“Ukraine reminds us that wars are amongst the worst things that can happen not just to mankind, but also to nature,” Stephen Stec, Lead Researcher of our Environment and Democracy Workgroup and his 14 co-authors write in an op-ed in EUobserver.
Environment and Democracy
Environment and Democracy will focus on the exploration of democracy’s resilience in the face of current threats from global and local environmental change and the disruptive potential of ecological urgency as a challenge to political systems. In the 21st century, as we encroach upon planetary boundaries, one of the functions of modern government is to manage human economic activities in a way that increases resilience towards threats both natural and man-made. The urgency of environmental security is represented by the recognition in public opinion and awareness of steeply rising environmental costs and risks associated with climate change and pandemics.
Given that all forms of government are ultimately judged by context-specific performance factors which relate to human security, the need to manage humans’ relationship to nature has become more and more critical to survival. At the same time, natural resources combined with human capital are the means to solve these challenges and constitute the fundamental bases for prosperity. Contests over control of natural resources and the wealth they represent become increasingly fraught in situations of urgency, leading to the potential for conflict.
Recent history has provided examples of how environmental and man-made disasters pose existential threats to governments and ideologies. The role of the Chernobyl disaster in the public’s loss of trust in systems of authority and the consequential delegitimization of scientific socialism is increasingly recognized in the literature. Similarly, today’s Covid pandemic confronts governments in the starkest terms and serves as a testing ground for democratic institutions and principles. Both these game-changing tragedies are environmental in origin. The response to their impacts in terms of environmental justice serves to highlight other processes such as the muddled global policy response to fossil fuel dependency.
CEU’s Environment and Democracy Work Group is building capacities for research and theorizing in these areas which illuminate major driving forces in the organization of societies and major tests of their legitimacy.
Democracy and other systems of governance have for more than a generation been faced with unprecedented challenges in the form of the “whole-of-society” transformation that is the movement towards sustainable development. The man-made global environmental challenge has profound implications for the legitimacy and performance of political systems. The Environment and Democracy Work Group undertakes research to test the assumptions behind politics in its various forms against environmental performance to shine a light on the nexus at the heart of these debates through investigations in areas such as: environmental democracy (access to information, participation and justice in environmental matters), environmental rule of law, environment and security, corporate accountability and corporate social responsibility, and governance of the global commons. These areas of research are described in the following clusters.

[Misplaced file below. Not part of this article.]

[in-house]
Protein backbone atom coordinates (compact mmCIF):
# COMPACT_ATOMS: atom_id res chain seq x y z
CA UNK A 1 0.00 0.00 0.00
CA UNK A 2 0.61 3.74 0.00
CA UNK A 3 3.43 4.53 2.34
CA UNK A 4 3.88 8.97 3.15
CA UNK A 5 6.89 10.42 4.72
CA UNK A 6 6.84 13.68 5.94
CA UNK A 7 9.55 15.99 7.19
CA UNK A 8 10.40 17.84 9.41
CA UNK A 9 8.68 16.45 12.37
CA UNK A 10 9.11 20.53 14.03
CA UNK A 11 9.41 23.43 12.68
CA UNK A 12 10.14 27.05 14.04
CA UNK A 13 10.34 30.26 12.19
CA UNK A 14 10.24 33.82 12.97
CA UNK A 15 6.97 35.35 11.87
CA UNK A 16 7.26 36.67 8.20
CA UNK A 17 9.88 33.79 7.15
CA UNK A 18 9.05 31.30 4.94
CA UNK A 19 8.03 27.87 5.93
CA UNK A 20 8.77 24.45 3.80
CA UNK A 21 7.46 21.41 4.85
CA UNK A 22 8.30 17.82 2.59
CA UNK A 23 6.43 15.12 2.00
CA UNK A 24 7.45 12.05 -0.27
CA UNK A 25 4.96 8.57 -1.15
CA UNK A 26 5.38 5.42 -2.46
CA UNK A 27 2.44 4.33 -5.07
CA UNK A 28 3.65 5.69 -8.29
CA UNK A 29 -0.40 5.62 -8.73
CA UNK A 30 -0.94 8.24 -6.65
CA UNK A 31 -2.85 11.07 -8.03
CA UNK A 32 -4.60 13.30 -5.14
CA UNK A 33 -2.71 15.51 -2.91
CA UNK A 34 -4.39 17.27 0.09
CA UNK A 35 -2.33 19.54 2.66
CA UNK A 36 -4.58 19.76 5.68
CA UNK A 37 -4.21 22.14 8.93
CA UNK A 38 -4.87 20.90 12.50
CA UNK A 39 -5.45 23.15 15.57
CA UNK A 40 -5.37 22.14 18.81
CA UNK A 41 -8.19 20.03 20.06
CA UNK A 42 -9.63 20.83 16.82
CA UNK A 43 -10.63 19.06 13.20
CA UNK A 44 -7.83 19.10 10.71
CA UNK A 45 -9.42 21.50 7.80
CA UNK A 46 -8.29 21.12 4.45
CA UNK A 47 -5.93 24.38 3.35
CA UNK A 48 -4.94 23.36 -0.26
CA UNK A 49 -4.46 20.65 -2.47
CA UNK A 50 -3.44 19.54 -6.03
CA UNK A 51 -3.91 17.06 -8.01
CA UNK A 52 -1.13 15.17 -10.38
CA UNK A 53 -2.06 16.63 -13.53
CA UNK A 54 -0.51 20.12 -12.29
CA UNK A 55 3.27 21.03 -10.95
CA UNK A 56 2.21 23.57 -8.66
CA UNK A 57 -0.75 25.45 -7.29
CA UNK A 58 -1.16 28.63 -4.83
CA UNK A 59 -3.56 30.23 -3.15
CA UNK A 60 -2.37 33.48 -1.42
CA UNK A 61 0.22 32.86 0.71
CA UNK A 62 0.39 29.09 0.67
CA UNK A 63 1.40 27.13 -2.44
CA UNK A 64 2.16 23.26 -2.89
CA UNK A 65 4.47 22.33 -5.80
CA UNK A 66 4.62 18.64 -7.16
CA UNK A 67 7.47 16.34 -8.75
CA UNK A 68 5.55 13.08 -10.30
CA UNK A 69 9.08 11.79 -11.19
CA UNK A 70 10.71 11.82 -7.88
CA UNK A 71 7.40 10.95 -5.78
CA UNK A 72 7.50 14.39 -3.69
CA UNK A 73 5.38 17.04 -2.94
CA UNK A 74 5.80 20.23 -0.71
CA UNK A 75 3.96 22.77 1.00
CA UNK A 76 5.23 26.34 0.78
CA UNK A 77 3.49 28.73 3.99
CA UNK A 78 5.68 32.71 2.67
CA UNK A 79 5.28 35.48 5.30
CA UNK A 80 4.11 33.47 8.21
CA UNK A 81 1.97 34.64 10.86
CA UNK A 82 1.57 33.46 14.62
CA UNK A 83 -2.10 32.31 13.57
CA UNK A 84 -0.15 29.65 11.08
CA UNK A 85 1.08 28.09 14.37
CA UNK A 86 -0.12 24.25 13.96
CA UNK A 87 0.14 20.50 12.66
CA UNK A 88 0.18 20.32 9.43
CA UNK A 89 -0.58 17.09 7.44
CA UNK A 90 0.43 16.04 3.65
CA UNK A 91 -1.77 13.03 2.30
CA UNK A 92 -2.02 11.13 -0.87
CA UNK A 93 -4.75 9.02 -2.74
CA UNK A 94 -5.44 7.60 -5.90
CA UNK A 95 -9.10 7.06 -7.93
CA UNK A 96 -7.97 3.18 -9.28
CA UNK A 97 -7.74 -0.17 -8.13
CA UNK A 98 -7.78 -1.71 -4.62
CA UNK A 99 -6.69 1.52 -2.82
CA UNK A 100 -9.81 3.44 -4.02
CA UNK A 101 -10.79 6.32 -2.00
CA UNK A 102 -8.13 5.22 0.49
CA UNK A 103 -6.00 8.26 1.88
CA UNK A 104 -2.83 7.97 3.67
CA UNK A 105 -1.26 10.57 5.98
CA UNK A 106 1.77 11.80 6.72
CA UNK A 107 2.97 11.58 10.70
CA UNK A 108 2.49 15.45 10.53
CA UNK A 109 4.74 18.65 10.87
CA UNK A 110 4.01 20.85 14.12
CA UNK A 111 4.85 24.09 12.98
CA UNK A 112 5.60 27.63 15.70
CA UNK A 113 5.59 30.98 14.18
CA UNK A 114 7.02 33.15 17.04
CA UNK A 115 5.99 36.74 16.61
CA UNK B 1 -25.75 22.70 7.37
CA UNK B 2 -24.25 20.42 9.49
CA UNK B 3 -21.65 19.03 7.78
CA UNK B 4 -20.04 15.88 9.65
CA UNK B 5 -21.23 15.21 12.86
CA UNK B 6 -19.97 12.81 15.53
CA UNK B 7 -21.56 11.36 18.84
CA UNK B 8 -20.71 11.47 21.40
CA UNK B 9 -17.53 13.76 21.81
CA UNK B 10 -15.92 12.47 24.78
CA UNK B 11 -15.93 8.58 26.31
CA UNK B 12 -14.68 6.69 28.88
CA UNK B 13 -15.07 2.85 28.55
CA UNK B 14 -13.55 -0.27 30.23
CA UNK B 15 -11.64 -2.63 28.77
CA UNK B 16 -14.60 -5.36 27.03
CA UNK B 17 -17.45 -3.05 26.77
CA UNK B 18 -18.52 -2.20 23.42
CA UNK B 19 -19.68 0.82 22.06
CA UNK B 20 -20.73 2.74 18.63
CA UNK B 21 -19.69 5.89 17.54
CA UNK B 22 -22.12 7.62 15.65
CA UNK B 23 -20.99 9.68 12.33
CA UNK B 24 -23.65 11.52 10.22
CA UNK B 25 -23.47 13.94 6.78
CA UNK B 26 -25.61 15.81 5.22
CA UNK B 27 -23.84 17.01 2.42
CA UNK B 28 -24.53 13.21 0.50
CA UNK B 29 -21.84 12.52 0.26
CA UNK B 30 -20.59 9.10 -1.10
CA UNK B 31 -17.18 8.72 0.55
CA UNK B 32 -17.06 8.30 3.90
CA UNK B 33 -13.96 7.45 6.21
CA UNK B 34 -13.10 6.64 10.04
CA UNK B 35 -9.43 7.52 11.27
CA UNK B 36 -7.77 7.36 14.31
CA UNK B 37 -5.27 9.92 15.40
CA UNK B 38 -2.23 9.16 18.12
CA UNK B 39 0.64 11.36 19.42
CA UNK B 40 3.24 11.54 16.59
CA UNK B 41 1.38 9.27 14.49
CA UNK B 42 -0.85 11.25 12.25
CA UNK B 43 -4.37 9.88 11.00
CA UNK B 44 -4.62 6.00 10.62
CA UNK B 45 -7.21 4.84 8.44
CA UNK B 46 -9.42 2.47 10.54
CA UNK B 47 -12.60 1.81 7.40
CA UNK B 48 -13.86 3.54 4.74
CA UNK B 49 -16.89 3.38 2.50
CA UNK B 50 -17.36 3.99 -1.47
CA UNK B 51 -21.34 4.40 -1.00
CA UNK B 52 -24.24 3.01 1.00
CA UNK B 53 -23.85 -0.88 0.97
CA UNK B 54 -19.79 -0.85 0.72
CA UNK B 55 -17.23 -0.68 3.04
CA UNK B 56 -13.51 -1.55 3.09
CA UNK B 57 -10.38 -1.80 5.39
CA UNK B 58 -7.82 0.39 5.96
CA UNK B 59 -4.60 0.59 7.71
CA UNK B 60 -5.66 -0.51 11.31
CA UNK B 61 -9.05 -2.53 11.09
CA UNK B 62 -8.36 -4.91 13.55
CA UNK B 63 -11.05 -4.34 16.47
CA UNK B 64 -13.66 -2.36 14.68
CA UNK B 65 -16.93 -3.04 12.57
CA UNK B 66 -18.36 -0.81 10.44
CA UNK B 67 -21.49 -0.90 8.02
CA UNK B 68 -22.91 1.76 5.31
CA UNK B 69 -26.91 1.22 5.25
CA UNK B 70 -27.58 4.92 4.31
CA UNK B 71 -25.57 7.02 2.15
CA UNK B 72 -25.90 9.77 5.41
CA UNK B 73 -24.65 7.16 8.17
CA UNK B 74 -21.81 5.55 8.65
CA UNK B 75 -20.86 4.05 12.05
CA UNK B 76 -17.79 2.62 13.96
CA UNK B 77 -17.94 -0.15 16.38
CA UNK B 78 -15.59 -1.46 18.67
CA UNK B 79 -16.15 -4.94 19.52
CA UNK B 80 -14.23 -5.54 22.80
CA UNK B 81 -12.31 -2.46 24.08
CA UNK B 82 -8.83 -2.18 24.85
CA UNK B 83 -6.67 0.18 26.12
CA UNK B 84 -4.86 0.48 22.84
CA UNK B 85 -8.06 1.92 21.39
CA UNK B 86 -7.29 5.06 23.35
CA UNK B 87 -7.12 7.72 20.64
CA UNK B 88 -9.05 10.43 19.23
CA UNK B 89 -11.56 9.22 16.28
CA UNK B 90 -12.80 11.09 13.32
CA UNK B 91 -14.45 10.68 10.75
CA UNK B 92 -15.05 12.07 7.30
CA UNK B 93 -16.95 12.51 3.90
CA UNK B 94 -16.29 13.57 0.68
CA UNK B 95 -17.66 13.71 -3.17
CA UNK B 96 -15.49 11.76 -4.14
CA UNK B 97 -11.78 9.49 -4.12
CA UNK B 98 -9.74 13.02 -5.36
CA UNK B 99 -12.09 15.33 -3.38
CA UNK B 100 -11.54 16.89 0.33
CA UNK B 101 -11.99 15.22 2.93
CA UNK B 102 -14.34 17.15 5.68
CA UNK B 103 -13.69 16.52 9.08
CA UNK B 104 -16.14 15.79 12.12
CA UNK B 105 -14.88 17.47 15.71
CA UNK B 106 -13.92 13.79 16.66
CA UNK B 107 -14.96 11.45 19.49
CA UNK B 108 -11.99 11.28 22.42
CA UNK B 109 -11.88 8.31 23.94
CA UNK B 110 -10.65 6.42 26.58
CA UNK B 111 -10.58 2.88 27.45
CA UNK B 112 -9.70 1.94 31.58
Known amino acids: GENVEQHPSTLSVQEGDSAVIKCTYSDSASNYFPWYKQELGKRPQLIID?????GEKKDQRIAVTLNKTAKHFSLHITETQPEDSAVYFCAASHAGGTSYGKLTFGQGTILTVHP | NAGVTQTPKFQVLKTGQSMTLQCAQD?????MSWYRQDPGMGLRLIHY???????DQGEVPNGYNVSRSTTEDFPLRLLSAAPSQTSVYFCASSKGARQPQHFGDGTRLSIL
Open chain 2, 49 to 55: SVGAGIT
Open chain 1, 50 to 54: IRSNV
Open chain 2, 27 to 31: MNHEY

Environmental Performance and Delegitimization
This cluster investigates the complex interrelationships among performance in the face of environmental change and democratic governance and the implications for values, traditions and understandings about the governance of societies including democracy itself. Environmental challenges require an all-of-society response. Thus, they provide rich ground for comparison of different forms of social organization against performance measures, including an expanded understanding of environmental justice related to the concept of slow violence. The scope and extent of the transformation to sustainability is still being explored. How can it be achieved where publics and polities are sharply divided? Does populist democracy inhibit transnational cooperation and pluralistic, inclusive and just measures and thereby constitute a threat to sustainability? Will poor environmental performance delegitimize populism? Are there parallels with the delegitimization of scientific socialism following the Chernobyl disaster? How are entrenched interests threatened with the loss of power and influence to be accommodated? How can we look beyond the rhetoric to the actual causes of division and the meaning behind attempts to delegitimize liberal democracy? How can current divisions be overcome, and trust built to cooperate and achieve good governance where vital common interests are at stake? The environment is one area that has been a subject for cooperation even in the face of wider conflict, even in wartime. Can this area of common concern and common interest continue to be an arena for conflict reduction in a civil context through democratic governance? And what about the role of business? Through an examination of “environment, democracy and wealth,” corporate accountability and corporate social responsibility are also covered as research areas under this rubric.